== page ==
The Echo of the Past and the Action in the Present

First, they came for the socialists, and I did not speak out—because I was not a socialist.

Then they came for the trade unionists, and I did not speak out—because I was not a trade unionist.

Then they came for the Jews, and I did not speak out—because I was not a Jew.

Then they came for me—and there was no one left to speak for me.

—Martin Niemöller

Every time I read these words from the famous Martin Niemöller, my blood boils a little. I interpret it as something personal. From my perspective as a Jew, born in 1993, and a grandson of a Holocaust survivor, this text leads me to think about the horrors of Nazi Germany. I imagine that socialists and trade unionists can also feel a personal connection, relating it to their own historical moments.

However, I have always sensed in this text a complaint against history, against the society of the past, distant and alien, as if it were a lament directed at those who remained silent at that time.

It is natural to wonder whether the people of the 1930s and 1940s did not raise their voices against the horrors happening in Europe to millions of people because they were unaware or because it seemed so distant that they did not see the need to get involved in a problem that appeared not to affect them. And I’m not only talking about Jews but also about Roma people, communists, political prisoners, homosexuals, people of African descent, basically anyone who did not fit the description of the Aryan race. Why speak up, then? Why raise one’s voice?

I have no evidence, but I have no doubts either that many people knew what was happening but chose to bury their heads in the sand because they believed the consequences would not touch their doors, and the suffering would be experienced in the homes of others. I also believe that even if some people had knowledge of the situation, they could not fathom the extent and wickedness of the situation in Europe in those years. At that time, there were no technologies and communication tools like audio, video, and photography that we have today.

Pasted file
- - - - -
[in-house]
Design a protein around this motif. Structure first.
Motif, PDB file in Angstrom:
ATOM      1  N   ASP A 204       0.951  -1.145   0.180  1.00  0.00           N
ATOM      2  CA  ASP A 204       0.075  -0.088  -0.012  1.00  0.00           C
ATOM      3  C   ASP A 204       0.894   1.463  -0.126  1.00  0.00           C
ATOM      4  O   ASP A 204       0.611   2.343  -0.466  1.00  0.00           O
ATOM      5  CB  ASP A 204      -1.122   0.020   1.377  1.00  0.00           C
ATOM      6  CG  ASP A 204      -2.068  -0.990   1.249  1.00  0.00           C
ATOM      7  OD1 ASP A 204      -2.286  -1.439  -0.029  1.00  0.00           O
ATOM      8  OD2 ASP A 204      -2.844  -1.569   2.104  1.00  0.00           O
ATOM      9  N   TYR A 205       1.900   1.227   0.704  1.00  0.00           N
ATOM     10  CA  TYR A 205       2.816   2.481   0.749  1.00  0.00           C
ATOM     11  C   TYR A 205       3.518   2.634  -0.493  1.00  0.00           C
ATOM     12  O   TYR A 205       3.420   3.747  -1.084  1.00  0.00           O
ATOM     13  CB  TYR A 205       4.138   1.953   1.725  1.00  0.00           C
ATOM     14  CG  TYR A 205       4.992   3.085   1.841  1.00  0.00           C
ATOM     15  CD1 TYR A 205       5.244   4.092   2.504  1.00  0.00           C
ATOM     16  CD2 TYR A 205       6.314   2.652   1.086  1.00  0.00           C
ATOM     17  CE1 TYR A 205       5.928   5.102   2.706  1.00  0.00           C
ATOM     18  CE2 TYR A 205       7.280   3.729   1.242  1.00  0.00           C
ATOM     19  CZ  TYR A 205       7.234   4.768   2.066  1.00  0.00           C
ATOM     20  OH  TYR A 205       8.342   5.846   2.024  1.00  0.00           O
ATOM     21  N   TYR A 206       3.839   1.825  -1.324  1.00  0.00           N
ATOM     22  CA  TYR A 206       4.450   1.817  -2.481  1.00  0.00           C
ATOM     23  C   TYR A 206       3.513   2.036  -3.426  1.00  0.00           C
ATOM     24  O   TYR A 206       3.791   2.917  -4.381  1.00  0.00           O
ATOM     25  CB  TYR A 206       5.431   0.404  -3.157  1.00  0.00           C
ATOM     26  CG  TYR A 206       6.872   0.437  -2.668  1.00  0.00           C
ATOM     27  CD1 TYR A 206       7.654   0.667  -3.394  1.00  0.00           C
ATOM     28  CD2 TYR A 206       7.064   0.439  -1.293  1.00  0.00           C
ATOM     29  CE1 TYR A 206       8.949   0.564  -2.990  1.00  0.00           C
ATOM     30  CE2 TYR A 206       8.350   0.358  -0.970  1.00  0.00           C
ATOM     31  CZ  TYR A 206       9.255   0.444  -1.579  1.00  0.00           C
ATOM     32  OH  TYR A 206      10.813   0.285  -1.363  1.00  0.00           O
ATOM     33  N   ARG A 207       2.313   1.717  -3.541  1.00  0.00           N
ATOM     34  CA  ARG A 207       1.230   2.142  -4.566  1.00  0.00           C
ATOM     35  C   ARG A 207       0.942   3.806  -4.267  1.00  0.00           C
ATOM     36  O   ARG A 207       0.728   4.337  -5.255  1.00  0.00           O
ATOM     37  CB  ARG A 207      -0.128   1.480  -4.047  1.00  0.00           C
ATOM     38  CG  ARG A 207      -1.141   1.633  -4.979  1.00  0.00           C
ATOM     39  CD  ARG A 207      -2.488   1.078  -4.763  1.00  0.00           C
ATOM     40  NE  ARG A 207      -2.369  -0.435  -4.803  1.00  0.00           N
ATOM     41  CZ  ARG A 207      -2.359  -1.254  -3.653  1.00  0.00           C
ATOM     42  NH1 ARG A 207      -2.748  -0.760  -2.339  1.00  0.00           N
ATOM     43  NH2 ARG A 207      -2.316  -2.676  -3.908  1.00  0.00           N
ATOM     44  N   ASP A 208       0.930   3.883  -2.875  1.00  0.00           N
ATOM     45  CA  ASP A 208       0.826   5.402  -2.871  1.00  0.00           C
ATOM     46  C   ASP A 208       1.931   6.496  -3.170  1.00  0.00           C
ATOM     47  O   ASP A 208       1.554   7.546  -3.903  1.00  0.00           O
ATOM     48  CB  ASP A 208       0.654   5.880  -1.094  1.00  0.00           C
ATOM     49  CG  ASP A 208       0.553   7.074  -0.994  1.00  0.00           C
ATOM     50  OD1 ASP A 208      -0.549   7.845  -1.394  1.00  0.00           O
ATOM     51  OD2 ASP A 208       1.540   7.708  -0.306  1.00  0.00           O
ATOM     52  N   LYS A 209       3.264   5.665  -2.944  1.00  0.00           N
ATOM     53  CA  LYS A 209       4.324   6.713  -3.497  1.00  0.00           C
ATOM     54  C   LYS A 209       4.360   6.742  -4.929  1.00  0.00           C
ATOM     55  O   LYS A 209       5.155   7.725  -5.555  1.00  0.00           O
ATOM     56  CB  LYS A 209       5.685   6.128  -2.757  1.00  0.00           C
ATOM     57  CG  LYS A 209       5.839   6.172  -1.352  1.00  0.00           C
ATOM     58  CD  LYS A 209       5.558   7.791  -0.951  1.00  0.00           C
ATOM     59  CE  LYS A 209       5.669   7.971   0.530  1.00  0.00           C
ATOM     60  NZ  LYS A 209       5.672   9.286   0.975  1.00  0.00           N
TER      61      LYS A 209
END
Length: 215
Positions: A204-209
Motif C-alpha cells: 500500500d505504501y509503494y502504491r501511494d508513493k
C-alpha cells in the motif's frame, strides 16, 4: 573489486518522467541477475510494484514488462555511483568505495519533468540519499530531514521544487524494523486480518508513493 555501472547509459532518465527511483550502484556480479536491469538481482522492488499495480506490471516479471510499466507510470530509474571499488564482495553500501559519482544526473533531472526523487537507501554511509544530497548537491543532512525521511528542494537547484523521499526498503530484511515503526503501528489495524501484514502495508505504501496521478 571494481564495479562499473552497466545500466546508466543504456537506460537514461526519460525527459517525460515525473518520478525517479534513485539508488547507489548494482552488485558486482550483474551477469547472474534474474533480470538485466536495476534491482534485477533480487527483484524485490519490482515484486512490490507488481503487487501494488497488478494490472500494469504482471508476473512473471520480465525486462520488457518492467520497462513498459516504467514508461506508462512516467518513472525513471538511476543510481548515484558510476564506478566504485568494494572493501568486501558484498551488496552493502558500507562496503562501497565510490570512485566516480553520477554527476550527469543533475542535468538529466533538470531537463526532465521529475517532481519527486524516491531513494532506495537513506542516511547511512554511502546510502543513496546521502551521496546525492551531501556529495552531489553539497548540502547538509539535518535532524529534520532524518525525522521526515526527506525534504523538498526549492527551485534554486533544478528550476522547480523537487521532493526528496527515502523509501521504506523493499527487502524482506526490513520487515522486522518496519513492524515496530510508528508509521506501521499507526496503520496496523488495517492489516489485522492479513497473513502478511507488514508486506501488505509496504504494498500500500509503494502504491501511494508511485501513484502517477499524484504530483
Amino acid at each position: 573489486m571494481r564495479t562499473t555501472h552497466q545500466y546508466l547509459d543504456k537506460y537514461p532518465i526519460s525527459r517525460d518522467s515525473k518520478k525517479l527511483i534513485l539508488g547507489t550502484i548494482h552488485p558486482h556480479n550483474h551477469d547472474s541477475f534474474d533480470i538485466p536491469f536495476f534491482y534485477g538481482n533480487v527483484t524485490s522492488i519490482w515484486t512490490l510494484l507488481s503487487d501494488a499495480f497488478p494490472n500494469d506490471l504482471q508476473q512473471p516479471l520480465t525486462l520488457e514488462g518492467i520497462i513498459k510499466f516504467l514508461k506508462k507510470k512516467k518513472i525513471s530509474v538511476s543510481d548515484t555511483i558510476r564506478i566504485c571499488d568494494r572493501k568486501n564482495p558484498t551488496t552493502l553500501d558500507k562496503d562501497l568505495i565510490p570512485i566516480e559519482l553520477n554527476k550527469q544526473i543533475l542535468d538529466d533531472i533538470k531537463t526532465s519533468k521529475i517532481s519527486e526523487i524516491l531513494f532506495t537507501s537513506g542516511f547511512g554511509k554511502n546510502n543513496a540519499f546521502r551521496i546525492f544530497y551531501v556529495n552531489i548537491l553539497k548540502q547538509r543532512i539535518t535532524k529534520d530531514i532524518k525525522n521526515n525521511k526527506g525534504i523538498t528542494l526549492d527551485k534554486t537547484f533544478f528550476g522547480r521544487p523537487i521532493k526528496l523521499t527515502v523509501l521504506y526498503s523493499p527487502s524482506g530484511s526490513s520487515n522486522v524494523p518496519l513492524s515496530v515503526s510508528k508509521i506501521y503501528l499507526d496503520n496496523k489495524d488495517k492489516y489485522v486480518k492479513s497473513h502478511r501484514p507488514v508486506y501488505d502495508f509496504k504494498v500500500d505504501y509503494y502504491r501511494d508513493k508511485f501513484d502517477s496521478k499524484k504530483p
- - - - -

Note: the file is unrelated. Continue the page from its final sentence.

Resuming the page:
And suddenly, reality hits me in October 2023. They came for the Jews again. It began with a devastating attack in Israel carried out by the terrorist group Hamas, in which 1,400 civilians were brutally killed, raped, and burned alive, over 240 civilians remain kidnapped, and more than 7,000 rockets were launched at Israeli cities. It continued with rallies calling for the death of Jews, acts of vandalism against Jewish properties, and several Jews in different parts of the world who have been injured or killed.

Some minorities have started to speak out in support of Israel, the Jewish people, and the kidnapped. However, there are still many who, unfortunately, have not raised their voices or tried to silence those who do. This time, unlike the wise words of Martin Niemöller, some of the silencers are Jews.

The history of our people is not new. If you have ever felt the same indignation as I do when thinking about those who could have said or done something in the 1930s and 1940s, I urge you to reconsider the idea of remaining silent.

They came for the Jews, and I did speak out.

“If not you, then who? If not now, when?”
― Hillel 

About the Author
Nathan is the Executive Director of the Zionist Federation of Mexico. He holds a Master's degree in Nonprofit Management from the Hebrew University of Jerusalem and a Bachelor's degree in Mass Media and Communications from the Universidad de las Américas in Mexico City. His extensive global experience spans Mexico, Israel, Ghana, and the United States. Nathan drinks coffee like there's no tomorrow, plays the drums, and shares his life with his wonderful wife.
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